5 - Conditional Statements

If statements

Up until now, our programs have been running each line of code one after another. We have not given our programs any opportunities to make different decisions. For example, in an earlier example we asked the user what their favourite ice cream flavor was. Now what if we wanted to write a specific message depending on what their answer was. How would give our program the ability to make different decisions depending on the specific condition (or flavor!)? This is where ‘if statments’ become very useful!

 flavour = input(“What is your favourite ice cream flavour?”)if flavour == “chocolate”:     print(“I also like chocolate.”)

Try running this code. What do you notice? What do you think it happening? What happens if you enter ‘chocolate’?

So it seems that the program is somehow checking to see if the value of the flavour variable, which is assigned to whatever the user entered as their favourite ice cream, is equal to chocolate and if it is, it is printing our message. But how is it actually checking to see if the variable and the user input are equal? What is the double equals sign? Well, this is where we need to learn a little about relational operators. These are operators that will check the values on either side and decide if their relationship is True or False. They are super useful!

 Relational Operators == Checks to see if the two values are equivalent. 2 == 2 → True“Monkey” == “Banana” → False5 == 2 → False != Checks to see if the two values are not equivalent. 2 =! 5 → True“Monkey” != “Monkey” → False5 =! 5 → False >= Checks to see if the first value is greater than or equal to the second value. 2 >= 5 → False5 >= 5 → True10 >= 5 → True*You can compare strings but that will require a little extra explanation so we are going to skip that for now. <= Checks to see if the first value is less than or equal to the second value. 2 <= 5 → True5 <= 5 → True10 <= 5 → False*Same as above > Checks to see if the first value is greater than the second value. 2 > 5 → False5 > 5 → False10 > 5 → True*Same as above < Checks to see if the first value is less than the second value. 2 < 5 → True5 < 5 → False10 < 5 → False*Same as above

Ok, now that you know a little about relational operations we can go back to our ice cream flavour program. Yum!

So you likely noticed that if you enter anything other than ‘chocolate’ that nothing happens. That might be ok for some programs, but in this one we want to probably say something to the user. That is where we can extend our ‘if statement’ into an ‘if else statement’.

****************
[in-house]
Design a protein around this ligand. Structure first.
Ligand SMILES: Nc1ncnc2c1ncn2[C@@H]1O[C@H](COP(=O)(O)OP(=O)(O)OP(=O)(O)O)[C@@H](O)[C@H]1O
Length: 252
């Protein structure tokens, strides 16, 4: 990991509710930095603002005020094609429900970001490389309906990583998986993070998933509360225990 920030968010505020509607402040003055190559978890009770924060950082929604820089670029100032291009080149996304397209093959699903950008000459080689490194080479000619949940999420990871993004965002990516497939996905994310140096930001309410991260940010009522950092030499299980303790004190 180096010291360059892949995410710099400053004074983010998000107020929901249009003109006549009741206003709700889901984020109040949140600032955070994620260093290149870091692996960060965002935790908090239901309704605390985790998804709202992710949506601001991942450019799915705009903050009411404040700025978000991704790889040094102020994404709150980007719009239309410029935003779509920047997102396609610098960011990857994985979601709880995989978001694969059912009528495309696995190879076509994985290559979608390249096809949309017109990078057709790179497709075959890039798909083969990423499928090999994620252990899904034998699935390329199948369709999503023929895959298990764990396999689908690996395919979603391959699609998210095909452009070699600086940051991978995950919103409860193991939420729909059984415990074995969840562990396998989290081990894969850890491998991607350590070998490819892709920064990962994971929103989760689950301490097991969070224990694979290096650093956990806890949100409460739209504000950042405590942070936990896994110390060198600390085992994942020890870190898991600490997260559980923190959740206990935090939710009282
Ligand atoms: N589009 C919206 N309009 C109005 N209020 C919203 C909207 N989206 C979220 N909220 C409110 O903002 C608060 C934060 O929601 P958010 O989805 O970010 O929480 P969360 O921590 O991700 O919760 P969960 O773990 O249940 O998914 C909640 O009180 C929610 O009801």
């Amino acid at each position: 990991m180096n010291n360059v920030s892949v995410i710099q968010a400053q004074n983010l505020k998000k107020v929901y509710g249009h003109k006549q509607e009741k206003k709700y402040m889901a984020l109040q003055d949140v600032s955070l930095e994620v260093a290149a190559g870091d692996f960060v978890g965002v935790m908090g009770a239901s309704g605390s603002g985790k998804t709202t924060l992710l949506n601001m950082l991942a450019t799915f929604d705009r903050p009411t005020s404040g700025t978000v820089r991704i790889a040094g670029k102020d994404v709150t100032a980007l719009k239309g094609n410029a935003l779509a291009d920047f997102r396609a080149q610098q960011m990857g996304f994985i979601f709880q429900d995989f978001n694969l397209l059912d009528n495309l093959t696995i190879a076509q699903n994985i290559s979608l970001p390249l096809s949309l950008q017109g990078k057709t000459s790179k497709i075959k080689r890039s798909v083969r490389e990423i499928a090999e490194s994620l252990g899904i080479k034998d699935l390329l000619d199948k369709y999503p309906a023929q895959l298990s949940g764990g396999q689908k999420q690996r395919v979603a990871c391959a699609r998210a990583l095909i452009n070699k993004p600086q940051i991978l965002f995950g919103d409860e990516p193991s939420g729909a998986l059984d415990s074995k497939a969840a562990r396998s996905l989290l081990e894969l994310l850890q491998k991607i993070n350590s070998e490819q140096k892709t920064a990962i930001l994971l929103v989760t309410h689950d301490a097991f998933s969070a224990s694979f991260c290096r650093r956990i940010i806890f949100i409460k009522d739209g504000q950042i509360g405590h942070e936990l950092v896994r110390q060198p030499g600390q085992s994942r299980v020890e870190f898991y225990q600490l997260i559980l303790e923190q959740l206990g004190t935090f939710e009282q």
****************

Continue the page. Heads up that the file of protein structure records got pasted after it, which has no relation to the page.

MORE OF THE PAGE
flavour = input(“What is your favourite ice cream flavour?”)if flavour == “chocolate”:     print(“I also like chocolate.”)else:     print(“Good choice!”)

Now even if the user does not enter ‘chocolate’ they will still get a message letting them know that they made a good choice. It is important to realize that this message of “Good choice!” will be run by the program if the user enters anything that is not ‘chocolate’. This is what the ‘else’ does, it allows for “Good choice!” to be printed if anything ELSE other than ‘chocolate’ is chosen as the favourite flavour.

But what if you also want to tell the user a custom message if they like vanilla or strawberry ice cream. This is where we can use ‘elif’ (think of it is ‘else if’).

 flavour = input(“What is your favourite ice cream flavour?”)if flavour == “chocolate”:     print(“I also like chocolate.”)elif flavour == “vanilla”:     print(“Boring!”)elif flavour == “strawberry”:     print(“Yuck. I don’t like strawberry.”)else:     print(“Good choice!”)

Nested Conditionals

Great! You now have a basic understanding of conditionals (if statements). But it can often be useful to be able to nest multiple if statements together. For example, maybe your favourite flavour is peanut butter and chocolate ice cream so you might want to ask the user if they also like this flavour. But you only want to ask them this question if they chose chocolate. Using the template below see if you can update your code to ask the user if they like peanut butter and chocolate ice cream. If they say yes, tell them “Me too! I love it!” and if they say no then say “You should try it. So yummy!”.

 flavour = input("What is your favourite ice cream flavour?")if flavour == "chocolate":     print("I also like chocolate.")     # your if statement should be here (remember that      # indentation is important)elif flavour == "vanilla":     print("Boring!")elif flavour == "strawberry":     print("Yuck. I don't like strawberry.")else:     print("Good choice!")

 5.1 - You try!You are going to make a program that asks the user for any number. Your program will then tell them if their number is positive, negative, or zero. If it is zero, then you need to ask them if they want to know an interesting fact about zero. If they say yes, tell them an interesting fact. Don’t feel like searching for a fact about zero? Here are a couple:Zero is sometimes called nil or nought.In boolean logic zero represents false.Zero is neither positive or negative.